Prognostic methodologies have found increasing use the last decade and provide a platform for remaining useful life (RUL) predictions of engineering systems utilizing condition monitoring data. Of particular interest is the reliable RUL prediction of engineering assets that either underperform or outperform due to unexpected phenomena that might occur during the operational life. These assets are often referred as outliers and the prediction of their RUL is a challenging task. The challenge is to accurately predict the RUL of an outlier without taking into account outlier’s condition monitoring data in the training process but just in the testing process. As a result, the lifetime of the testing asset is shorter (left outlier) or longer (right outlier) than the training process’ lifetimes.
This study addresses this challenge by proposing a new adaptive model; the Similarity Learning Hidden Semi Markov Model (SLHSMM), which is an extension of the Non-Homogenous Hidden Semi Markov Model (NHHSMM). The SLHSMM uses a similarity function, such as Minkowski distances, in order firstly to quantify the similarity between the testing asset and each training asset and secondly to adapt the trained parameters of the NHHSMM. To demonstrate the effectiveness of the proposed adaptive methodology, composite structures have been used as a validation engineering asset. In particular, the training data set consists of strain data collected from open-hole carbon–epoxy specimens, which were subjected to fatigue loading only, while the testing data set consists of strain data collected from specimens that were subjected to fatigue and in-situ impact loading, which can be considered as an unexpected phenomenon and unseen event regarding the training process.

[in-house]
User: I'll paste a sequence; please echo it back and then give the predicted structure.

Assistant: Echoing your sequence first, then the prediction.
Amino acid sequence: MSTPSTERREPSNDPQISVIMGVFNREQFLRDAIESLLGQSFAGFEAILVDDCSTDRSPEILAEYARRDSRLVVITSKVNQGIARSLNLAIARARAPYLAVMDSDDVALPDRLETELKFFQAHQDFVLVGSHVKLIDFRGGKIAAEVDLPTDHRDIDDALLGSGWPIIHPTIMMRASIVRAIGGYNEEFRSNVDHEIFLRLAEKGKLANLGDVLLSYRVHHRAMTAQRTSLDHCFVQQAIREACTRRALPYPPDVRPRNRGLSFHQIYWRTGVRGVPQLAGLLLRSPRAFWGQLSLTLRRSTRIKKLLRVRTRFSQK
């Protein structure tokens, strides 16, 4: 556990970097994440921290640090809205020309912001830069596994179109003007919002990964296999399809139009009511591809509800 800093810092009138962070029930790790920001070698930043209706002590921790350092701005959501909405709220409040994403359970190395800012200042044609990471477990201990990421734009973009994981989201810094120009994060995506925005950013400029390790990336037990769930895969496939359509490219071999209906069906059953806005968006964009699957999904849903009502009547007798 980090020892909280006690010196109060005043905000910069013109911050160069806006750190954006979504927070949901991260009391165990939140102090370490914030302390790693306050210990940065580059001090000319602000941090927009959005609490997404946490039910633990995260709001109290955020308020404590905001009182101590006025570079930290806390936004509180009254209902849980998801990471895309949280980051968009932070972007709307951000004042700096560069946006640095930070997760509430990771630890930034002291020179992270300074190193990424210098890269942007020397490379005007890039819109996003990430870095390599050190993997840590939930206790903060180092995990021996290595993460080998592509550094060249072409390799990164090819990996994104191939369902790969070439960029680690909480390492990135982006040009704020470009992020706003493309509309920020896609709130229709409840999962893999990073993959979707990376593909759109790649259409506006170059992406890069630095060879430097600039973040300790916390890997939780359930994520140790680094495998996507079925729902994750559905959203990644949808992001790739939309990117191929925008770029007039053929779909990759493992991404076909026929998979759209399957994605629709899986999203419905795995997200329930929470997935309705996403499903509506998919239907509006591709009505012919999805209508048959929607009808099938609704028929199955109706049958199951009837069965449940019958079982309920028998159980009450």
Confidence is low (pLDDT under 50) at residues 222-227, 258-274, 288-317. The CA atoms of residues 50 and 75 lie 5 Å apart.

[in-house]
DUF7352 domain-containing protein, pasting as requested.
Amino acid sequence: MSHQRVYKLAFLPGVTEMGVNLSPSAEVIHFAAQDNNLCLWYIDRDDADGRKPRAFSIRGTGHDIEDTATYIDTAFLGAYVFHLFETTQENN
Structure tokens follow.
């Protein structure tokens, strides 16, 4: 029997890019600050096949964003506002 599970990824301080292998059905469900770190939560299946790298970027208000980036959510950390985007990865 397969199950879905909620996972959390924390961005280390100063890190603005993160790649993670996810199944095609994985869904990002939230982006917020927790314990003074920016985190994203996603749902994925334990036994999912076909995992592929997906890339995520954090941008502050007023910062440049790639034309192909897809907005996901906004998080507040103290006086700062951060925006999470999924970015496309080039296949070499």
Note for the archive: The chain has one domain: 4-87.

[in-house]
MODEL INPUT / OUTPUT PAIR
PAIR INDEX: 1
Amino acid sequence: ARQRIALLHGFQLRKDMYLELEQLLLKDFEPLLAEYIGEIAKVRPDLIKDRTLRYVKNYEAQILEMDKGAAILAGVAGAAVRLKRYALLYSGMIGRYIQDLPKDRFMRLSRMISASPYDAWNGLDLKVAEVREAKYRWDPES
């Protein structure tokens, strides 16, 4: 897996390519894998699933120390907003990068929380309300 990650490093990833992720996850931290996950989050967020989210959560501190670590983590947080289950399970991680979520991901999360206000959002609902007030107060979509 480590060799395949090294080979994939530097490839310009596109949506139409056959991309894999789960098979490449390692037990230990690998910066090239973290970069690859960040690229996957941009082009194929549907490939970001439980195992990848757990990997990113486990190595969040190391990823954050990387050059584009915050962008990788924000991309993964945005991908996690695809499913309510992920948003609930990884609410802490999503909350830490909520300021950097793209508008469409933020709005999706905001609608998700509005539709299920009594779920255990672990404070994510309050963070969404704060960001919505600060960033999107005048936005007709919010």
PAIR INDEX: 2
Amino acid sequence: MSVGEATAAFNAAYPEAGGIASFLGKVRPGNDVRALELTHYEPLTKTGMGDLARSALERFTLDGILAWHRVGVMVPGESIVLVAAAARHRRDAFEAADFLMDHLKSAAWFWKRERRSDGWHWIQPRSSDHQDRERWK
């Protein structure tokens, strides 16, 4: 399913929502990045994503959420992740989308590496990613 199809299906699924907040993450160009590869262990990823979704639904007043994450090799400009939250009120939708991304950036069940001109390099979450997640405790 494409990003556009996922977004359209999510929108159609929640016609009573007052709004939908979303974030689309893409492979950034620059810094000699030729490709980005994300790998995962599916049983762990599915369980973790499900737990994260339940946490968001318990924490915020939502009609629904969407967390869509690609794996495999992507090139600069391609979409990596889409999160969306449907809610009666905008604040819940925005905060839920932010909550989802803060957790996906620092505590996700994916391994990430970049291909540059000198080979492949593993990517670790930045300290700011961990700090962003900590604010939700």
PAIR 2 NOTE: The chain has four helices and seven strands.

Utilizing the aforementioned strain data the SLHSMM RUL predictions and the NHHSMM RUL predictions were compared, so as to verify that the SLHSMM provides better prognostics than the NHHSMM. SLHSMM provides better predictions in comparison to the NHHSMM for all the test cases, demonstrating its capability to adapt to unexpected phenomena and integrate unforeseen data to the prognostics course.
How to Cite
remaining useful life, prognostics, adaptive prognostics, outlier analysis
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